These sorts of questions will help to identify what the board currently has and what it will need in the future – the first step in any search for new directors.

A regular board assessment process will help to ensure you maintain the best board team as challenges shift. While many boards do not take stock of their team until a director leaves or they anticipate an opening on the board, companies would be advised to carry out this assessment on a regular basis. Strategy, and particularly the external business environment and larger economic context, are continually in flux, so yesterday’s capable board may now have gaps in critical competencies that will be required to advise and execute on a revised strategy. Having a ready slate of candidates, just in case, is a prudent position every proactive board should take. Public boards in the US are now required to implement a regular board evaluation process, but even if this is not mandatory for your board, you would be wise to have one anyway. And do not try to get away with the bare minimum. Invest the time in a rigorous, ongoing process that will help inform what director skills and experience the board needs and will help to promote the overall effectiveness of the board. Also, consider a rigorous individual director assessment process, although that is the tricky part that many boards avoid. Done properly, it assesses the strengths and weaknesses of individual directors. That is a tough task to take on in the collegial board environment, but given a professional, well-designed process with a feedback mechanism built in, it is an opportunity for not just individual directors but for the entire board to raise its game. Because a well-designed board evaluation process adds such value, we predict these evaluations will supplant age and term limits, the traditional, more passive approach to refreshing boards. In deciding which path to follow, boards should factor in the potential lost opportunity of waiting for directors who are no longer relevant to the strategy to age, retire or otherwise cycle off the board, when they might be replaced with someone more closely linked to the strategy.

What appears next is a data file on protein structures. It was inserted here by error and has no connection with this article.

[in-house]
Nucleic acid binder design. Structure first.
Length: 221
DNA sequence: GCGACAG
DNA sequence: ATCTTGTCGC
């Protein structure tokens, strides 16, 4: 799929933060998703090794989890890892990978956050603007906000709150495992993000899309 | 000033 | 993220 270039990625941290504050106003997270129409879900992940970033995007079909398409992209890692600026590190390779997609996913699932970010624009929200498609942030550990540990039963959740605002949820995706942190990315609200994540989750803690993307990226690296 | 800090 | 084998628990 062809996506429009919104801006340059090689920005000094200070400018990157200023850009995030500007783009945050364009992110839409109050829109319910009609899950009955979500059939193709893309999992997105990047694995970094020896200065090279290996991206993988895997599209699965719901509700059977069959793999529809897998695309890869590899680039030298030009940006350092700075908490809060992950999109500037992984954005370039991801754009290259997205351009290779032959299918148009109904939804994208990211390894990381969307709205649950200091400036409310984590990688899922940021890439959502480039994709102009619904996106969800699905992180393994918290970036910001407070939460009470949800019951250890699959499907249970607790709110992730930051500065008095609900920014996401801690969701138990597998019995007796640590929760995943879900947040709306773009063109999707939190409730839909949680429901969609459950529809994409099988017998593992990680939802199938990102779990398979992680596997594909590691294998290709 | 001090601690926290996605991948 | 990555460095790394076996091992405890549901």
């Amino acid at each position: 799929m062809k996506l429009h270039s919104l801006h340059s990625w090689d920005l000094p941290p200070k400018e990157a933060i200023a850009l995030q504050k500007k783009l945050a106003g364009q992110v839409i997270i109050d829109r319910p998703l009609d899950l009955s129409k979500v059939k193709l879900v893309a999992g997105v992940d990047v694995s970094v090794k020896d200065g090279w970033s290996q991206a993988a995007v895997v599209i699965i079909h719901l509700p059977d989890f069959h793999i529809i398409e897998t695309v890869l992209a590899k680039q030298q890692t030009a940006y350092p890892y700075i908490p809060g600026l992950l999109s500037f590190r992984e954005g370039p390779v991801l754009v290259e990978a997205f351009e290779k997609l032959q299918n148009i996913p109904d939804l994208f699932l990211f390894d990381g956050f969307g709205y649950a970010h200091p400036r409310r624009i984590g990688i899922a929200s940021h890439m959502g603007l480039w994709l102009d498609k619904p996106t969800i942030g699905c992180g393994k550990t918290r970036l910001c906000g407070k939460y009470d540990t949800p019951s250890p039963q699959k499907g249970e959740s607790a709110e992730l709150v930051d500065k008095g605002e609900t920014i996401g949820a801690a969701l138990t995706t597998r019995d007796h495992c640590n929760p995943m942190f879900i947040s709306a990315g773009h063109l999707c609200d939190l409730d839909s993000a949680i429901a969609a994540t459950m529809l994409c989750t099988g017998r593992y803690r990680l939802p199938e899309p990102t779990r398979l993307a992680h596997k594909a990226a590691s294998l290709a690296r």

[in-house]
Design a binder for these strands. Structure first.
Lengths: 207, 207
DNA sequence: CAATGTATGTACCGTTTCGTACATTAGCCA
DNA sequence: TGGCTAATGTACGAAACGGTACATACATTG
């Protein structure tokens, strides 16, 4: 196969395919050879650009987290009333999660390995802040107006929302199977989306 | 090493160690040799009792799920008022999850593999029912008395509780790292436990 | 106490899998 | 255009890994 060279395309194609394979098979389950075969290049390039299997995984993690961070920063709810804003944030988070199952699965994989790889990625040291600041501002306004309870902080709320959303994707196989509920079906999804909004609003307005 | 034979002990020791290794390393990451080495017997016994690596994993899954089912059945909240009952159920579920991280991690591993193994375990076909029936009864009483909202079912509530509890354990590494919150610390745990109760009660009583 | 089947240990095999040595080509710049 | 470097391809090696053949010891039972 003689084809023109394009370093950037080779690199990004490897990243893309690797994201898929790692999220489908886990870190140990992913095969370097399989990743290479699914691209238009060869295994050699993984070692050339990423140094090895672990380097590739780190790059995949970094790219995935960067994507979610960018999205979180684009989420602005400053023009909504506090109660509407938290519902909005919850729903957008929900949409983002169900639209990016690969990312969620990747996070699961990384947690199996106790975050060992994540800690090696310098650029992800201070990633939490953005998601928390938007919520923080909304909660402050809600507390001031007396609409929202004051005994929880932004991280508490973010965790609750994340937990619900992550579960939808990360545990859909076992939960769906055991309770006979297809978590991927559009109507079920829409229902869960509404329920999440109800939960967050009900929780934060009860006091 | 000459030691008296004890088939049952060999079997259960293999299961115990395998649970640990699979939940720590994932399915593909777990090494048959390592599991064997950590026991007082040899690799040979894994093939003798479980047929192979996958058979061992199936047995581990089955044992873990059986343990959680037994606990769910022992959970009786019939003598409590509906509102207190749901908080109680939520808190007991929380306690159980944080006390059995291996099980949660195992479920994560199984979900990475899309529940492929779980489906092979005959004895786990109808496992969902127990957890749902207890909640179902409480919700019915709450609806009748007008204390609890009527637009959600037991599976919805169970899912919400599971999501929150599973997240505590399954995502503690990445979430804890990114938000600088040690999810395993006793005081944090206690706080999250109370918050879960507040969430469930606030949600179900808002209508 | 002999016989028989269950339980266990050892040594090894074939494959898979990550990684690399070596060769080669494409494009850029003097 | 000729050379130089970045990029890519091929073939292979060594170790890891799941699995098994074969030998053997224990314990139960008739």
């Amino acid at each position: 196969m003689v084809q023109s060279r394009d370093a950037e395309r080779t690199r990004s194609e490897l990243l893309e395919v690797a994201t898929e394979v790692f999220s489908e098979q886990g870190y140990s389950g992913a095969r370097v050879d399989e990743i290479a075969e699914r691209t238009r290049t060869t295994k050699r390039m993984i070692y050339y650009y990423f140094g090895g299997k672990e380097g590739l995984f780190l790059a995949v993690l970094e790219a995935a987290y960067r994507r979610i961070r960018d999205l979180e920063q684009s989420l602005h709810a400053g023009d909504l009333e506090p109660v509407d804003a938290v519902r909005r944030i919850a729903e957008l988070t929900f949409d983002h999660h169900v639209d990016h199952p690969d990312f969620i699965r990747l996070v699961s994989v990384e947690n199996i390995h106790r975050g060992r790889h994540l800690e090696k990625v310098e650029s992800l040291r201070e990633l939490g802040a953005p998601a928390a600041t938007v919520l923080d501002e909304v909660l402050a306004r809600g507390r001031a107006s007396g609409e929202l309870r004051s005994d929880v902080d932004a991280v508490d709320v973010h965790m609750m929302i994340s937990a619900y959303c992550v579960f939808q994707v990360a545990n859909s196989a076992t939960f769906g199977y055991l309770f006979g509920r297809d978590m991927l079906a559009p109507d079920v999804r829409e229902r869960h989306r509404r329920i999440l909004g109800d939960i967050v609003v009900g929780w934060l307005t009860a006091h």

Consider maintaining a slate of future directors based on future needs. It is best not to wait until you actually need a director before you begin to identify candidates. Many leading boards perform this research on a regular basis, maintaining a running list of directors they are keeping an eye on who would make valuable additions to their board. Since directors who also have corporate positions are able to serve on so few outside boards now, nurturing those director contacts helps to ensure that when a desirable director does have an opening, you may have an opportunity to recruit him or her. Some boards go so far as to temporarily enlarge their board if a stellar director prospect is available, especially if a veteran director may be planning on stepping down soon.